It's deeply moving. interweaving different stories like yarn into a coherent start to finish book of what happened that night to the aftermath for the boy, his family, his killers, the community, and the LGBTQ community.
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1 of 1 people found the following review helpful By doc peterson VINE VOICE on May 25, 2013
Format: Hardcover
Matthew Shepard was a 21 year-old University of Wyoming student who was beaten, tortured, tied to a fence and left to die, exposed to the cold in rural Wyoming. The crime was movtivated by hate: the two men who murdered him killed him because he was gay. I grew up not far from where Shepard died; it is revolting to me that people I know could do such a thing, and I sometimes struggle with understanding not only the brutality of the crime, but also the lack of compassion exhibited in the weeks following. _October Mourning_ gave me some perspective on this; it also gave me hope: there are people of conscience and compassion just as there are those who irrationally hate.

Newman's poems about the murder of Matthew Shepard and the subsequent trial and responses by others is incredible for so many reasons: first and foremost, her poetry is beautiful, haunting and powerful - at several points in reading her work, tears were brought to my eyes. The variety of poetry is also incredible: she writes in pantoums, villanelles, rhyming couplets, free-verse, haiku, list poems and several other forms of poetry with which I was previously unfamiliar (a glossary and explanation is provided at the back.) The variety of perspectives are incredible: Newman shows (as only poetry can) the persepctive of the fence to which Shepard was tied and left to die; of the bartender who let Shephard leave with the two murderers; of the girldfirends of the murderers, the prosecuting and defense attorneys, of the public, of Shepard's parents. The organization and presentation of the poetry is incredible.
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1 of 1 people found the following review helpful By kbgressitt on January 5, 2013
Format: Hardcover
Why do we write poetry? Is it for ourselves as much as for others, a way to confront, explore, capture a fragment of enlightenment? Do we write poetry to cleanse us of corruption, remind us of our limitations, celebrate our vision, our diversity, to reveal a human tragedy in art?

In Lesléa Newman's new collection of poems, October Mourning: A Song for Matthew Shepard, published by Candlewick Press, she does all of these things, to great effect and with aching sorrow.

Newman is an award-winning poet and author of such iconic books as Heather Has Two Mommies, and nine of her books have been Lambda Literary Award finalists.

In October Mourning, she shares the results of her years-long struggle to understand what happened to gay University of Wyoming student Matthew Shepard on a deadly October night in 1998, outside Laramie, Wyo.

Newman had struggled to understand why Matthew was beaten, tied to a split-rail fence, and abandoned to death. To understand how two young men became brutal murderers, and what impacts the murders had on the world. To understand why a doe settled nearby Matthew and waited with the dying, why mothers tell their children not to talk to strangers. To understand what thoughts the prosecutor and defense attorney harbored, what groceries the $20 stolen from Matthew would have bought, why the fence was there, what Matthew might have done in the 18 hours that passed before he was found.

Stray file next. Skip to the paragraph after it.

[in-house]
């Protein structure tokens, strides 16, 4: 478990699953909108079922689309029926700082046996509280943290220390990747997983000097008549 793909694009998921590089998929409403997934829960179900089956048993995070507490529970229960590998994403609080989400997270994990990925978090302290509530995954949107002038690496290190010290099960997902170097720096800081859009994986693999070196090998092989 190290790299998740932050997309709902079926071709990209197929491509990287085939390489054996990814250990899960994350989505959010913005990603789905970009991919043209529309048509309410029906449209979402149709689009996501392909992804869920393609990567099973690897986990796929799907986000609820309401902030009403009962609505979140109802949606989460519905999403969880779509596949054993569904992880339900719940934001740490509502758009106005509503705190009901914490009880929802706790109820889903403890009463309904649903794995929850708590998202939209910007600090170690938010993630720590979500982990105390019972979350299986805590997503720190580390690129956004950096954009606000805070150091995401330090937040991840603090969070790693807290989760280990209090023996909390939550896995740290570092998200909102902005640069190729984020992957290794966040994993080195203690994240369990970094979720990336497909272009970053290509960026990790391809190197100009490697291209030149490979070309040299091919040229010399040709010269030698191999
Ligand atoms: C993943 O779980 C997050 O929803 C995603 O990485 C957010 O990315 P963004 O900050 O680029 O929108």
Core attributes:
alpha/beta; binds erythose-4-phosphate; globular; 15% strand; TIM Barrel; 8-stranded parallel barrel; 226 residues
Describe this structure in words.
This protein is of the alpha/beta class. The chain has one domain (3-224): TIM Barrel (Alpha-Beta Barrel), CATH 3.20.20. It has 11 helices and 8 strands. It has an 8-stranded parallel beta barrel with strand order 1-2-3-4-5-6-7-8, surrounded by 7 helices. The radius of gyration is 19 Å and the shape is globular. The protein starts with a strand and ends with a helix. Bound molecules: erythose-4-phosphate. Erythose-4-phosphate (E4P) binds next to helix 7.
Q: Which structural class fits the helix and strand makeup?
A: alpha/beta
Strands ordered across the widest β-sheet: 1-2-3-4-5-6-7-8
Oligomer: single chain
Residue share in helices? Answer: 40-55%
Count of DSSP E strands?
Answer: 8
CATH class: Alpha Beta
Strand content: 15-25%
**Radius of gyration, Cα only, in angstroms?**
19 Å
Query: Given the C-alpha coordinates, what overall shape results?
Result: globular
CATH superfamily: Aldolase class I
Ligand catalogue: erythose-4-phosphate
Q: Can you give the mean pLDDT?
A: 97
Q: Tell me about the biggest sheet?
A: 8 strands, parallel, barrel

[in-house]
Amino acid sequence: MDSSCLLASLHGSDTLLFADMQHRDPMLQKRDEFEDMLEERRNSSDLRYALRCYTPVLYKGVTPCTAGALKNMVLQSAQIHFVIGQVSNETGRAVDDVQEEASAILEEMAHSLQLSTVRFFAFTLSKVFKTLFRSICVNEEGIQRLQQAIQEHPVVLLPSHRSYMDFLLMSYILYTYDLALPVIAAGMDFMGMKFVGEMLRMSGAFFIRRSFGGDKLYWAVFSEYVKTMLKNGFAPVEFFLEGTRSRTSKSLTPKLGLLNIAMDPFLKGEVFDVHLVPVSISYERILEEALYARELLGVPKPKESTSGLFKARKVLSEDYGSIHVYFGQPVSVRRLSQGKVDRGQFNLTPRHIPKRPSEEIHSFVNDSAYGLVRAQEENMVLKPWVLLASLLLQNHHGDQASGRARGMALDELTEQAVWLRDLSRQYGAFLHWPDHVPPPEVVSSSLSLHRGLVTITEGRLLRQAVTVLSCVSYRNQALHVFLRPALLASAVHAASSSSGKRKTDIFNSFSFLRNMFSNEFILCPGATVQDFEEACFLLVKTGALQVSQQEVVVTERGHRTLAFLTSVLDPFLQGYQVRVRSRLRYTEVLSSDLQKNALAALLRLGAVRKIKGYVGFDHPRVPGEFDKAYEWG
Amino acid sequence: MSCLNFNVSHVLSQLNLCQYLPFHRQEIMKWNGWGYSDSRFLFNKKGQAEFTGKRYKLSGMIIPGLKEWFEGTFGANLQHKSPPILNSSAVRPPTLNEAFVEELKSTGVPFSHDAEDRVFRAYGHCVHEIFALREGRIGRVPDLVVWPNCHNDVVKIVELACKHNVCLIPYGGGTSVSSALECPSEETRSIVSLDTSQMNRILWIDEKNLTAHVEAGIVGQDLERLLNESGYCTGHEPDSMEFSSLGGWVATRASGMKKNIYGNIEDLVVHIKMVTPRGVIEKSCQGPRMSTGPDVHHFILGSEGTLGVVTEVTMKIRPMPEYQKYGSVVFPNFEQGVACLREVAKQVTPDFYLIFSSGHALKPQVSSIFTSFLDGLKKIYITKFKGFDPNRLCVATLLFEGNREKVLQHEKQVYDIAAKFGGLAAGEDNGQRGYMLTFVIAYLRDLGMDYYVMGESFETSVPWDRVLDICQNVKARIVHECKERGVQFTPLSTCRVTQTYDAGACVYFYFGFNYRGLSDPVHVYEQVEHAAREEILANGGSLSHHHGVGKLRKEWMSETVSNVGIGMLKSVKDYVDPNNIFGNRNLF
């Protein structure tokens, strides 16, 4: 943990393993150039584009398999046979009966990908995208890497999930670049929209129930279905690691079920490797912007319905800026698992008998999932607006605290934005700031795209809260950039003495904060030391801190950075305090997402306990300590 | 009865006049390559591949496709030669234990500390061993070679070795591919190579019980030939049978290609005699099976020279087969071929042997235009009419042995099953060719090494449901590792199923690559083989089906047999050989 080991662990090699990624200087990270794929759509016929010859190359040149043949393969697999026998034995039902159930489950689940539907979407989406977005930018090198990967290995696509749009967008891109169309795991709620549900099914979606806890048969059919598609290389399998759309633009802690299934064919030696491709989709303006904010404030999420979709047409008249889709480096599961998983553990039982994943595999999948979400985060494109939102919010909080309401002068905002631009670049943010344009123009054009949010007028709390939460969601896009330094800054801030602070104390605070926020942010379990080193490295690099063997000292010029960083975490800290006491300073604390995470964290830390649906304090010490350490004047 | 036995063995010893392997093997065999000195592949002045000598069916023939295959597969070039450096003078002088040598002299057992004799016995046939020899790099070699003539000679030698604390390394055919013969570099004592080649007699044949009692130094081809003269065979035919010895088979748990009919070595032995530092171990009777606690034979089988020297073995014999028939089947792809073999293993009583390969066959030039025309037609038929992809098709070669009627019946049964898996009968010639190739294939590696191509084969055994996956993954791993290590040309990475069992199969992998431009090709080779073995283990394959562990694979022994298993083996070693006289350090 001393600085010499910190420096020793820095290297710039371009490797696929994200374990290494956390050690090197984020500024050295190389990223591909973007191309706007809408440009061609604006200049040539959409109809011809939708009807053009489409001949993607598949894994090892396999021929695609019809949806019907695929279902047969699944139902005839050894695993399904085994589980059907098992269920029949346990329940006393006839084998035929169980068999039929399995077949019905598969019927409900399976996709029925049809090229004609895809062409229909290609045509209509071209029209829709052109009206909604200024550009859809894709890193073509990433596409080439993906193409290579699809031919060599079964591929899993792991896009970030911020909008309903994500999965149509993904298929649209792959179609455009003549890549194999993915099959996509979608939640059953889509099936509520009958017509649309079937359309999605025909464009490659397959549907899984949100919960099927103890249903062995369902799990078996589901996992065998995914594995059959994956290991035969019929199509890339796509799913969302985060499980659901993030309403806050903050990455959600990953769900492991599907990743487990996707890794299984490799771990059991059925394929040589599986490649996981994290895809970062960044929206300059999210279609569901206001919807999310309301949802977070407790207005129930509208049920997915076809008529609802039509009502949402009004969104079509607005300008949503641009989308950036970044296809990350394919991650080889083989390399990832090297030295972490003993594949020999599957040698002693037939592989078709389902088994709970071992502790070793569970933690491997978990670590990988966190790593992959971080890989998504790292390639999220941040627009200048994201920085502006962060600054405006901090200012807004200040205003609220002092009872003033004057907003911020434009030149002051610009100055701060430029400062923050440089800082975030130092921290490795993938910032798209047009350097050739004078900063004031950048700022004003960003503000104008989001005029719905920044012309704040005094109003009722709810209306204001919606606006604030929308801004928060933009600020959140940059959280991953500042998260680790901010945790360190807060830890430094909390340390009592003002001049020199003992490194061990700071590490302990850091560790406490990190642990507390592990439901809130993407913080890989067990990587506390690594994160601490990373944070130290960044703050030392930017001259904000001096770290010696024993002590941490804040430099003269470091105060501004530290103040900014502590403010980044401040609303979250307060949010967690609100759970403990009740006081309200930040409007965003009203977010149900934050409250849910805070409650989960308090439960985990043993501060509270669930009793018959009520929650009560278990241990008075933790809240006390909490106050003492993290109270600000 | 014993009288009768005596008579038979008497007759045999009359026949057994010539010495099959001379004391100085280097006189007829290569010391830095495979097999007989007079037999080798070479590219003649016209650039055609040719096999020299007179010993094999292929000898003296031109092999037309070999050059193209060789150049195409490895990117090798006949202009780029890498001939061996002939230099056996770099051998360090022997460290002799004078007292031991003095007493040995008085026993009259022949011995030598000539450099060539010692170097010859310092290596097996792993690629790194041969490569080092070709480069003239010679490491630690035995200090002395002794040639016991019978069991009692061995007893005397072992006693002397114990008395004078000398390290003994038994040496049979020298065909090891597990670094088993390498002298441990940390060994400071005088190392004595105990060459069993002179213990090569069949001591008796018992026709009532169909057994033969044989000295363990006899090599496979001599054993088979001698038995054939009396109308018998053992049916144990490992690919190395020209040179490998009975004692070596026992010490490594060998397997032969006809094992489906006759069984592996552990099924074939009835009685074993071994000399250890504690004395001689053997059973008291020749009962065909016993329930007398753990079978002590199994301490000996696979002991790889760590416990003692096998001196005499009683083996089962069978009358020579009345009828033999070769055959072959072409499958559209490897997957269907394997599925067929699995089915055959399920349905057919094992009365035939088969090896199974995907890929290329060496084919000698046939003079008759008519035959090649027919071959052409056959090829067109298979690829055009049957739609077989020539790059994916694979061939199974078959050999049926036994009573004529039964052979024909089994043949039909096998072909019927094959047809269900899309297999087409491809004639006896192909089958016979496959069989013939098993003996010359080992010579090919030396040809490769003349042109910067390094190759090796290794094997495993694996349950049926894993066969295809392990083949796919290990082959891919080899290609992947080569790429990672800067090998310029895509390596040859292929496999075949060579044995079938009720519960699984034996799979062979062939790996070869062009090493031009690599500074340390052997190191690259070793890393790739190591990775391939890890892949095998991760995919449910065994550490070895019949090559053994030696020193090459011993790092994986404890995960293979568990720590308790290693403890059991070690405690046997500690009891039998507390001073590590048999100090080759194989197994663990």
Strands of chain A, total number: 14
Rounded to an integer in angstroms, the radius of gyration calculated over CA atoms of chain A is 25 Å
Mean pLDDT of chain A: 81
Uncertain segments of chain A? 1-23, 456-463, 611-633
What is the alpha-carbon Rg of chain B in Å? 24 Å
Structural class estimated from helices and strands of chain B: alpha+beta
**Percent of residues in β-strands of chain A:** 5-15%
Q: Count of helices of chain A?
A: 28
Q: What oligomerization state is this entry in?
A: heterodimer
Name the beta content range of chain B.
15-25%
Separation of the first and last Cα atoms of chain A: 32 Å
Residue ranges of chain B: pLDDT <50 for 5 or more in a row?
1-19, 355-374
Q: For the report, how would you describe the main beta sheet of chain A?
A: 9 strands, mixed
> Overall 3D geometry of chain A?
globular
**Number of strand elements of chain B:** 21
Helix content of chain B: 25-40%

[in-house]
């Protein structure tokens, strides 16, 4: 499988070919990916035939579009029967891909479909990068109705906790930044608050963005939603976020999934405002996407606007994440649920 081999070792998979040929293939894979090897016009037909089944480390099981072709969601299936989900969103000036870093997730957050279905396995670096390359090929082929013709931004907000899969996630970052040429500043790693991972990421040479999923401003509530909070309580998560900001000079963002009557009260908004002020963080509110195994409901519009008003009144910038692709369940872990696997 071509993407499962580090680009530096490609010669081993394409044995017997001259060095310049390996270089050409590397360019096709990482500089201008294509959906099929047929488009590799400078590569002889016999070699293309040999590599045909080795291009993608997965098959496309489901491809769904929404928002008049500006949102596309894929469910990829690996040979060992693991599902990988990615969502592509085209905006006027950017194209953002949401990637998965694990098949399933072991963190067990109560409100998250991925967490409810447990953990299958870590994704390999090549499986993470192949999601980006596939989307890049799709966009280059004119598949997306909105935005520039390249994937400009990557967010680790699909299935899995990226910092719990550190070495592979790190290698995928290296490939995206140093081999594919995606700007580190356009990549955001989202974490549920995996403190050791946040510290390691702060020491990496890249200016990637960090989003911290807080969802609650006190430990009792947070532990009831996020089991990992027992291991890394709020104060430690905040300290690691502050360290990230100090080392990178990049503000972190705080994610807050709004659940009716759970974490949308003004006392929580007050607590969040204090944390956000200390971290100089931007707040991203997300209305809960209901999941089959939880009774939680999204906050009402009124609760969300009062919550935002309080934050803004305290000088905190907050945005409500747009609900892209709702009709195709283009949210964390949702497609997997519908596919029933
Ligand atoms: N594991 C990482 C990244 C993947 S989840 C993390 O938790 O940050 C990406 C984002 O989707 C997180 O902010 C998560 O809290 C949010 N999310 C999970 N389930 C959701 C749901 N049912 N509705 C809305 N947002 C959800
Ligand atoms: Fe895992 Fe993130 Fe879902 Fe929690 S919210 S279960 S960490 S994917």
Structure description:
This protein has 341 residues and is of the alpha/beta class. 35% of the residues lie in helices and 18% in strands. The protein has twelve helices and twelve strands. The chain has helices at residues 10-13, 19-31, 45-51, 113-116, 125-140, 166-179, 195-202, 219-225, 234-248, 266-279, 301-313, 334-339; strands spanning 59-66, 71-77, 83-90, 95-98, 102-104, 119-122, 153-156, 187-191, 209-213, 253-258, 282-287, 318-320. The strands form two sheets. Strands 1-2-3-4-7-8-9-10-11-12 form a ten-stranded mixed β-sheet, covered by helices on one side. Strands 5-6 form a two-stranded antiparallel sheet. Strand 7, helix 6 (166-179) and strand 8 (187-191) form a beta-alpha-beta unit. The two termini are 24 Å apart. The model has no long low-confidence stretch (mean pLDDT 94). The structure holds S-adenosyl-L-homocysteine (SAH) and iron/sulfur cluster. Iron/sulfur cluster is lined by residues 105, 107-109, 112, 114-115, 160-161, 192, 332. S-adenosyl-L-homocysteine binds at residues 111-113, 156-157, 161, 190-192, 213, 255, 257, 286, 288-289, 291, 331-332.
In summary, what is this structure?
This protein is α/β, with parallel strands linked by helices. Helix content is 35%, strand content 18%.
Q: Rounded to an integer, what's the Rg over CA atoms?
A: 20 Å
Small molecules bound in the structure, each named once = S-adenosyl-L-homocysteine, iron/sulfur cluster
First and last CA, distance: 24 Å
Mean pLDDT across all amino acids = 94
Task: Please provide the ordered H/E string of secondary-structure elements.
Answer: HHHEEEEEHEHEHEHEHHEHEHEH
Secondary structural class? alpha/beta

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More About the Author

Lesléa Newman is the author of 65 books for readers of all ages including the teen novel in verse, OCTOBER MOURNING: A SONG FOR MATTHEW SHEPARD; the middle grade novel, HACHIKO WAITS; the poetry collection, STILL LIFE WITH BUDDY; the short story collection, A LETTER TO HARVEY MILK; and the children's books, A SWEET PASSOVER, THE BOY WHO CRIED FABULOUS, THE BEST CAT IN THE WORLD, and HEATHER HAS TWO MOMMIES. Her literary awards include poetry fellowships from the National Endowment for the Arts and the Massachusetts Artists Foundation. OCTOBER MOURNING: A SONG FOR MATTHEW SHEPARD was named an American Library Association 2013 Stonewall Honor Book, and A SWEET PASSOVER was named a 2013 Sydney Taylor Honor as well. A past poet laureate of Northampton, Massachusetts, she is a faculty member of Spalding University's brief-residency MFA in Writing program. Her newest poetry collection, I CARRY MY MOTHER is a book-length cycle of poems that explores a daughter's journey through her mother's illness and death. From diagnosis through yahrtzeit (one-year anniversary), the narrator grapples with what it means to lose a mother. The poems, written in a variety of forms (sonnet, pantoum, villanelle, sestina, terza rima, haiku, and others) are finely crafted, completely accessible, and full of startling, poignant, and powerful imagery. These poems will resonant with all who have lost a parent, relative, spouse, friend, or anyone whom they dearly love.